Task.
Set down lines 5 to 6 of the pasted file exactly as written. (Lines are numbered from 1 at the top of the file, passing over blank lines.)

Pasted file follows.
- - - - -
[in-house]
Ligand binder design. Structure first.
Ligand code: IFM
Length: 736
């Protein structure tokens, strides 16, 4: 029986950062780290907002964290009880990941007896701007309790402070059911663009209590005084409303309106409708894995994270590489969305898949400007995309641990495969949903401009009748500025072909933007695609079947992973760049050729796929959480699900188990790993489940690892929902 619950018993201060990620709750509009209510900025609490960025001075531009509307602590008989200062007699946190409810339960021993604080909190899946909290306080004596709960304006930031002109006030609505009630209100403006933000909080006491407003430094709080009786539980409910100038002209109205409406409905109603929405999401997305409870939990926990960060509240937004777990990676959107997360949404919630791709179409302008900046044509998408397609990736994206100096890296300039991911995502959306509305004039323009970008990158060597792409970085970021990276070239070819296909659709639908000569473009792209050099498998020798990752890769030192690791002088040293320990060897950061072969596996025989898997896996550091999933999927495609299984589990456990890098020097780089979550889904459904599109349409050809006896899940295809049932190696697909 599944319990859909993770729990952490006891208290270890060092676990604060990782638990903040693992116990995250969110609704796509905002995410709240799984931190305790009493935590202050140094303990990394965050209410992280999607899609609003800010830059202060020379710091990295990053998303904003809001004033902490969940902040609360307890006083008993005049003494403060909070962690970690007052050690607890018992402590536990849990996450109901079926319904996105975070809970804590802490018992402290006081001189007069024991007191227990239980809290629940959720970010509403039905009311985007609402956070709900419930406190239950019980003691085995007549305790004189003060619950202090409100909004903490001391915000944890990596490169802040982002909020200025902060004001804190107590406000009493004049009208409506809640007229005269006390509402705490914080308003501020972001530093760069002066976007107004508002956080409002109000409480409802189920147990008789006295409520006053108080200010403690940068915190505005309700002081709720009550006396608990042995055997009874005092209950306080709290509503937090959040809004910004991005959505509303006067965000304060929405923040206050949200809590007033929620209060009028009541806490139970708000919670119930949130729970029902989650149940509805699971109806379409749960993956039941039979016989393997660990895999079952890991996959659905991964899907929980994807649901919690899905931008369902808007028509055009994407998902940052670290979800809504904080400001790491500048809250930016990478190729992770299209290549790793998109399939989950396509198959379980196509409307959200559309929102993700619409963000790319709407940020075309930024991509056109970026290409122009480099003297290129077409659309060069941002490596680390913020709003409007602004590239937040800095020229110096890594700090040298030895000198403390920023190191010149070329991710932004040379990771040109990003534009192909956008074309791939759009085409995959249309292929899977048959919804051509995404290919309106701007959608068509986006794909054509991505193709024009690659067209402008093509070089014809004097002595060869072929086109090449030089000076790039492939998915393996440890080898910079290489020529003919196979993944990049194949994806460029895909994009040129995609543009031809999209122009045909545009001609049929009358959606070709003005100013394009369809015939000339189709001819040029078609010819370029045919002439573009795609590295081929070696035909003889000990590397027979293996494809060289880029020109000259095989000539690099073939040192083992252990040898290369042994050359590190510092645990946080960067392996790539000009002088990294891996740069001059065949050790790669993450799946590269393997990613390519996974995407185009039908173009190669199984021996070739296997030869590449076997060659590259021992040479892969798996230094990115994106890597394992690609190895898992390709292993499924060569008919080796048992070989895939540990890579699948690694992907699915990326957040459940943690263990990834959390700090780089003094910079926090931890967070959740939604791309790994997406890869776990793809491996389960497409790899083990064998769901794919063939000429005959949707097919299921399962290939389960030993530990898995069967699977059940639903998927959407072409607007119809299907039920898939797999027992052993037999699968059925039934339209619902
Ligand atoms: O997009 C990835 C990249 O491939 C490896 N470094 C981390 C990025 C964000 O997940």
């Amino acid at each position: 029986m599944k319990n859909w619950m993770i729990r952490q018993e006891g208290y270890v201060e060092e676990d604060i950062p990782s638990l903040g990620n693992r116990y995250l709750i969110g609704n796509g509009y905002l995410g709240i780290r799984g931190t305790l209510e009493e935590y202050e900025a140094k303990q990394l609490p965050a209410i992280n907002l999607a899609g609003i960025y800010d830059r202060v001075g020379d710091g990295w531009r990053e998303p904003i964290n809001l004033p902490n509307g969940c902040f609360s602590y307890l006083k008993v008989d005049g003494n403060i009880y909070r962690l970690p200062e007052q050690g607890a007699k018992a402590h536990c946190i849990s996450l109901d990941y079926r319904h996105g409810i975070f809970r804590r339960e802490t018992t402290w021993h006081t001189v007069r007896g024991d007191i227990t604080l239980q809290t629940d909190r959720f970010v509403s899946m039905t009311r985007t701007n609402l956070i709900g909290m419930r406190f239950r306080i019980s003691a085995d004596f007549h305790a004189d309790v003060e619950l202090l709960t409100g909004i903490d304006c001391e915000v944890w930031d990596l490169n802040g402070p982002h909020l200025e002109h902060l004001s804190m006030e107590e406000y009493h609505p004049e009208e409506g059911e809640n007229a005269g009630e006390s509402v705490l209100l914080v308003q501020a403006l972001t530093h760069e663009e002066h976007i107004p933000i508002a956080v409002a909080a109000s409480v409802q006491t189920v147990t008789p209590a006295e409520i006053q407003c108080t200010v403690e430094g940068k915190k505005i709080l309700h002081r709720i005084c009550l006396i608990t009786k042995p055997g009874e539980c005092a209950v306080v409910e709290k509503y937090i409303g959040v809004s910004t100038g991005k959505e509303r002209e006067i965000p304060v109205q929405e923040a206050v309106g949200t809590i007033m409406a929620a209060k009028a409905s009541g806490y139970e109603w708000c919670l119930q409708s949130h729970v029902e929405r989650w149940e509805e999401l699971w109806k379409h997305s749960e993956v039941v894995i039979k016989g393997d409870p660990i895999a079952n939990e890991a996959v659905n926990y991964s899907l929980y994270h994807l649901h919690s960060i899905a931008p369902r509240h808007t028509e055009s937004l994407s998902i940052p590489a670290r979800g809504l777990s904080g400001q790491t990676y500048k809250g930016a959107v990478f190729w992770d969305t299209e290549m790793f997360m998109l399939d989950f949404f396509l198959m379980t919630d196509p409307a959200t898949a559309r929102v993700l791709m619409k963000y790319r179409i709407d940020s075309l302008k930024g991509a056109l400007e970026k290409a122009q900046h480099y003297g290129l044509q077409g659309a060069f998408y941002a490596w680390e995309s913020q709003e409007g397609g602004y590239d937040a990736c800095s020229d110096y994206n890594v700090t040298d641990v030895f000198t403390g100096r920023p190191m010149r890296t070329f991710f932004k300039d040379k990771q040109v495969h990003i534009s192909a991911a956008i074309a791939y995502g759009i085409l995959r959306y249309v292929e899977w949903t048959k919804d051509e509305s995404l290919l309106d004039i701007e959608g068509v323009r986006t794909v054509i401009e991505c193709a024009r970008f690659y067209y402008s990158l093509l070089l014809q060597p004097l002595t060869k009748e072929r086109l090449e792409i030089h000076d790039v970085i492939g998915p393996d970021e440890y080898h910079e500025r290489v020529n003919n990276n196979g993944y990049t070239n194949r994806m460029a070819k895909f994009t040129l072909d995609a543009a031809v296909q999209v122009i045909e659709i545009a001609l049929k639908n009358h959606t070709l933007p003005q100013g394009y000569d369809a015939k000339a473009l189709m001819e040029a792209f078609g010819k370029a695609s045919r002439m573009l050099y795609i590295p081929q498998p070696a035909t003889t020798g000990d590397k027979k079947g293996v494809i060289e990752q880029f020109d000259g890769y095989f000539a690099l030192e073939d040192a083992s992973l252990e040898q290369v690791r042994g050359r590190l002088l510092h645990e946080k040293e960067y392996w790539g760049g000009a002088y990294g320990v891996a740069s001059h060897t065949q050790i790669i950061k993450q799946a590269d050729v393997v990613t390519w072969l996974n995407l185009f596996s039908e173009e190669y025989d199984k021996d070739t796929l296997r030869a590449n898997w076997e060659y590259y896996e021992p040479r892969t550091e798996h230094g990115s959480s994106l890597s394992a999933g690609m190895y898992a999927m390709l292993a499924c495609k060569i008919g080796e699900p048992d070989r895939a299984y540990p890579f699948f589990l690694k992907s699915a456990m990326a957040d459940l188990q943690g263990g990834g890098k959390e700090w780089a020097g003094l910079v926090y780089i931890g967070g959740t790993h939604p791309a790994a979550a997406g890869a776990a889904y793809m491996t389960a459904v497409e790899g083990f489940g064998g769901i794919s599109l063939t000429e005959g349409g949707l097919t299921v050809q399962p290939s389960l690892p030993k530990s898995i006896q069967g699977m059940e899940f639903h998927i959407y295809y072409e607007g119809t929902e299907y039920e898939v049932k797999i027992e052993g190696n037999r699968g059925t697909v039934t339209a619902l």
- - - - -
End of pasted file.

């Protein structure tokens, strides 16, 4: 029986950062780290907002964290009880990941007896701007309790402070059911663009209590005084409303309106409708894995994270590489969305898949400007995309641990495969949903401009009748500025072909933007695609079947992973760049050729796929959480699900188990790993489940690892929902 619950018993201060990620709750509009209510900025609490960025001075531009509307602590008989200062007699946190409810339960021993604080909190899946909290306080004596709960304006930031002109006030609505009630209100403006933000909080006491407003430094709080009786539980409910100038002209109205409406409905109603929405999401997305409870939990926990960060509240937004777990990676959107997360949404919630791709179409302008900046044509998408397609990736994206100096890296300039991911995502959306509305004039323009970008990158060597792409970085970021990276070239070819296909659709639908000569473009792209050099498998020798990752890769030192690791002088040293320990060897950061072969596996025989898997896996550091999933999927495609299984589990456990890098020097780089979550889904459904599109349409050809006896899940295809049932190696697909 599944319990859909993770729990952490006891208290270890060092676990604060990782638990903040693992116990995250969110609704796509905002995410709240799984931190305790009493935590202050140094303990990394965050209410992280999607899609609003800010830059202060020379710091990295990053998303904003809001004033902490969940902040609360307890006083008993005049003494403060909070962690970690007052050690607890018992402590536990849990996450109901079926319904996105975070809970804590802490018992402290006081001189007069024991007191227990239980809290629940959720970010509403039905009311985007609402956070709900419930406190239950019980003691085995007549305790004189003060619950202090409100909004903490001391915000944890990596490169802040982002909020200025902060004001804190107590406000009493004049009208409506809640007229005269006390509402705490914080308003501020972001530093760069002066976007107004508002956080409002109000409480409802189920147990008789006295409520006053108080200010403690940068915190505005309700002081709720009550006396608990042995055997009874005092209950306080709290509503937090959040809004910004991005959505509303006067965000304060929405923040206050949200809590007033929620209060009028009541806490139970708000919670119930949130729970029902989650149940509805699971109806379409749960993956039941039979016989393997660990895999079952890991996959659905991964899907929980994807649901919690899905931008369902808007028509055009994407998902940052670290979800809504904080400001790491500048809250930016990478190729992770299209290549790793998109399939989950396509198959379980196509409307959200559309929102993700619409963000790319709407940020075309930024991509056109970026290409122009480099003297290129077409659309060069941002490596680390913020709003409007602004590239937040800095020229110096890594700090040298030895000198403390920023190191010149070329991710932004040379990771040109990003534009192909956008074309791939759009085409995959249309292929899977048959919804051509995404290919309106701007959608068509986006794909054509991505193709024009690659067209402008093509070089014809004097002595060869072929086109090449030089000076790039492939998915393996440890080898910079290489020529003919196979993944990049194949994806460029895909994009040129995609543009031809999209122009045909545009001609049929009358959606070709003005100013394009369809015939000339189709001819040029078609010819370029045919002439573009795609590295081929070696035909003889000990590397027979293996494809060289880029020109000259095989000539690099073939040192083992252990040898290369042994050359590190510092645990946080960067392996790539000009002088990294891996740069001059065949050790790669993450799946590269393997990613390519996974995407185009039908173009190669199984021996070739296997030869590449076997060659590259021992040479892969798996230094990115994106890597394992690609190895898992390709292993499924060569008919080796048992070989895939540990890579699948690694992907699915990326957040459940943690263990990834959390700090780089003094910079926090931890967070959740939604791309790994997406890869776990793809491996389960497409790899083990064998769901794919063939000429005959949707097919299921399962290939389960030993530990898995069967699977059940639903998927959407072409607007119809299907039920898939797999027992052993037999699968059925039934339209619902
Ligand atoms: O997009 C990835 C990249 O491939 C490896 N470094 C981390 C990025 C964000 O997940």